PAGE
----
The agency relationship has been observed in a variety of settings. Churches, like other organizations, are plagued with the typical agency problems of moral hazard, observability, goal displacement, and risk aversion. How do churches cope with these issues in dealing with their most critical resource, clergy? This study analyzes the agency relationship between churches and their clergy.
Using data from nine denominations, this study finds strong evidence that pastor compensation is not tied directly to performance, but rather indirectly through promotion tournaments. Successful pastors are rewarded by being called to larger, presumably wealthier and more prestigious, congregations. Since it is so difficult to observe and measure a pastor's performance in specific activities, churches differentiate good pastors from mediocre ones by considering their total performance, rather than any specific activities.
Agency theory has been applied to a variety of organizational types and organizational structures. Scholars have used it to analyze sectors as varied as retail sales (Eisenhardt 1988), the military (Asch 1990), the professional golf tour (Ehrenberg and Bognanno 1990), medicine (Gaynor and Pauly 1990), universities (Gomez-Mejia and Balkin 1992), banking (Blackwell, Brickley, and Weisbach 1994), and the oil industry (Nygaard and Myrtveit 2000). One type of organization where it has been applied on only a limited basis is a church (Zech 1998). But churches, while in many ways more complicated than either proprietary organizations or other nonprofits (e.g., lacking the incentive structure and bottom-line measure of success provided by profits, while providing their primary benefits in the afterlife) are the quintessential example of an organization built on a foundation of people-to-people relationships.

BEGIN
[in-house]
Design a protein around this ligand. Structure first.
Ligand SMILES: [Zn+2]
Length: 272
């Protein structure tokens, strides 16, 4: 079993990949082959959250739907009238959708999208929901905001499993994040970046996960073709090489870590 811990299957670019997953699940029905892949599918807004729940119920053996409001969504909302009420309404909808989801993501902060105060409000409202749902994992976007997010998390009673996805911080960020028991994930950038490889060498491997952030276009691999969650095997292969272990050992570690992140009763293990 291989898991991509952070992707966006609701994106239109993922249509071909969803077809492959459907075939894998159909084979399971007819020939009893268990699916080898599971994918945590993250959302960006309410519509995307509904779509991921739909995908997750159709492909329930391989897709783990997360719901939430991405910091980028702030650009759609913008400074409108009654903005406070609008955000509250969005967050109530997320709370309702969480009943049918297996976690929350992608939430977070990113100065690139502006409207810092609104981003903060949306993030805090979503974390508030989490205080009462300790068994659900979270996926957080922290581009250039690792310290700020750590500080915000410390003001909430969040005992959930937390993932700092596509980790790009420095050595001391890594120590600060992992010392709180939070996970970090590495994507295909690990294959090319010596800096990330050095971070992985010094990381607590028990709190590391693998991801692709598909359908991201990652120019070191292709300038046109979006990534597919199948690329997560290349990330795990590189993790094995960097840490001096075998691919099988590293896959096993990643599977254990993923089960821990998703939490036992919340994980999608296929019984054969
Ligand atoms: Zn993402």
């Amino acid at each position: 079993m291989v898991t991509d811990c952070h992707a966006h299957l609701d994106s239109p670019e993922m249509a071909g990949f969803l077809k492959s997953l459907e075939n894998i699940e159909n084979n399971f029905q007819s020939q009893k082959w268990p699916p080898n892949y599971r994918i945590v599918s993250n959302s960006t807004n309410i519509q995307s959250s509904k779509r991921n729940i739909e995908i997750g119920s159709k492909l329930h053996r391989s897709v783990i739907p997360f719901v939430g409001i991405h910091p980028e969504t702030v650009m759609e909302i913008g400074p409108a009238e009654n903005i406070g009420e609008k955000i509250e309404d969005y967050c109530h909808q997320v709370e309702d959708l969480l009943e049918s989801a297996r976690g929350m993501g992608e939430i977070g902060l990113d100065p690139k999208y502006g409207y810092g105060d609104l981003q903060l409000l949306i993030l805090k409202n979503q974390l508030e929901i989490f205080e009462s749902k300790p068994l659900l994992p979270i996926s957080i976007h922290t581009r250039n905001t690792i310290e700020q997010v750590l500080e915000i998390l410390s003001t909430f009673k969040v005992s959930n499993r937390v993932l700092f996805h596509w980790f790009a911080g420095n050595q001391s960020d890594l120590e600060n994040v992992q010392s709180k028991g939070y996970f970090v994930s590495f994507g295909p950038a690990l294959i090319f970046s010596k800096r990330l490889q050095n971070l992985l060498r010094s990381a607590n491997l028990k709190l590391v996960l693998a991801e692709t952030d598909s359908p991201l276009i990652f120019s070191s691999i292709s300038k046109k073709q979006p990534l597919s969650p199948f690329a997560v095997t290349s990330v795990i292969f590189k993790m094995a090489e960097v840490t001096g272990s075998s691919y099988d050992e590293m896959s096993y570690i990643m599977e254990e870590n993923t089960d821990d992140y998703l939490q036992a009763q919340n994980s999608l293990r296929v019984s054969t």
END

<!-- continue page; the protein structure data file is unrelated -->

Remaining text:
This article considers one of the most critical types of agency relationship in churches, those involving pastors. Depending on church polity, pastors may be involved in an agency relationship in which they serve as an agent of either denominational officials or congregation members. But in either event, it is probably safe to assume that pastors respond to incentives, and that their agency relationships are plagued by the familiar agency problems of moral hazard, observability and measurement, goal displacement, and risk aversion.
The following sections of this article will describe the agency relationship as it applies to pastors, discuss some possible solutions, and then theoretically model and empirically test elements of the pastor-agency relationship. Finally, some conclusions and policy recommendations are offered.